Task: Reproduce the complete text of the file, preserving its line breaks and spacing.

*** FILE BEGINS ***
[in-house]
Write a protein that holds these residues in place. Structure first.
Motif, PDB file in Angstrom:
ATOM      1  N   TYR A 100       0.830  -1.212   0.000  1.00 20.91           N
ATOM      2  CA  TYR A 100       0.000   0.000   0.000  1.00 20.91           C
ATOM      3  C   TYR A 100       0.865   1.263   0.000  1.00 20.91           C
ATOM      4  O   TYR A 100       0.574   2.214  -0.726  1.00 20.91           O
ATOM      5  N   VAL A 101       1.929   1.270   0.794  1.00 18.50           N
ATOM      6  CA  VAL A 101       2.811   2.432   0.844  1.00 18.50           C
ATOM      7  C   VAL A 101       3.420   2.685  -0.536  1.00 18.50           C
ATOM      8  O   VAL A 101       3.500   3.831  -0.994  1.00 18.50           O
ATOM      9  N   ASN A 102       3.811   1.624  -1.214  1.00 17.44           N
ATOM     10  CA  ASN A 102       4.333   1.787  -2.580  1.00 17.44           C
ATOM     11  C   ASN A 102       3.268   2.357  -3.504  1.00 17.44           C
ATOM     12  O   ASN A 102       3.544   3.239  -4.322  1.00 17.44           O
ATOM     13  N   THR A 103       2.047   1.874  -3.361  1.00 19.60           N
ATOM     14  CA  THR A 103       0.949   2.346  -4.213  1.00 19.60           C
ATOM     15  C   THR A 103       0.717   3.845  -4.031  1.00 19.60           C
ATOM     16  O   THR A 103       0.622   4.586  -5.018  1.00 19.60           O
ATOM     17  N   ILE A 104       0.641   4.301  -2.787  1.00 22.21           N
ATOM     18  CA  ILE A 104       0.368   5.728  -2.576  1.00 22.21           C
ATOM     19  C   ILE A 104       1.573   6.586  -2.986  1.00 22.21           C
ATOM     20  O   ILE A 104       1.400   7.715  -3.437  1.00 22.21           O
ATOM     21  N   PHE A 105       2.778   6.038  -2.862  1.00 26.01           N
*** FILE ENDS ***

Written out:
[in-house]
Write a protein that holds these residues in place. Structure first.
Motif, PDB file in Angstrom:
ATOM      1  N   TYR A 100       0.830  -1.212   0.000  1.00 20.91           N
ATOM      2  CA  TYR A 100       0.000   0.000   0.000  1.00 20.91           C
ATOM      3  C   TYR A 100       0.865   1.263   0.000  1.00 20.91           C
ATOM      4  O   TYR A 100       0.574   2.214  -0.726  1.00 20.91           O
ATOM      5  N   VAL A 101       1.929   1.270   0.794  1.00 18.50           N
ATOM      6  CA  VAL A 101       2.811   2.432   0.844  1.00 18.50           C
ATOM      7  C   VAL A 101       3.420   2.685  -0.536  1.00 18.50           C
ATOM      8  O   VAL A 101       3.500   3.831  -0.994  1.00 18.50           O
ATOM      9  N   ASN A 102       3.811   1.624  -1.214  1.00 17.44           N
ATOM     10  CA  ASN A 102       4.333   1.787  -2.580  1.00 17.44           C
ATOM     11  C   ASN A 102       3.268   2.357  -3.504  1.00 17.44           C
ATOM     12  O   ASN A 102       3.544   3.239  -4.322  1.00 17.44           O
ATOM     13  N   THR A 103       2.047   1.874  -3.361  1.00 19.60           N
ATOM     14  CA  THR A 103       0.949   2.346  -4.213  1.00 19.60           C
ATOM     15  C   THR A 103       0.717   3.845  -4.031  1.00 19.60           C
ATOM     16  O   THR A 103       0.622   4.586  -5.018  1.00 19.60           O
ATOM     17  N   ILE A 104       0.641   4.301  -2.787  1.00 22.21           N
ATOM     18  CA  ILE A 104       0.368   5.728  -2.576  1.00 22.21           C
ATOM     19  C   ILE A 104       1.573   6.586  -2.986  1.00 22.21           C
ATOM     20  O   ILE A 104       1.400   7.715  -3.437  1.00 22.21           O
ATOM     21  N   PHE A 105       2.778   6.038  -2.862  1.00 26.01           N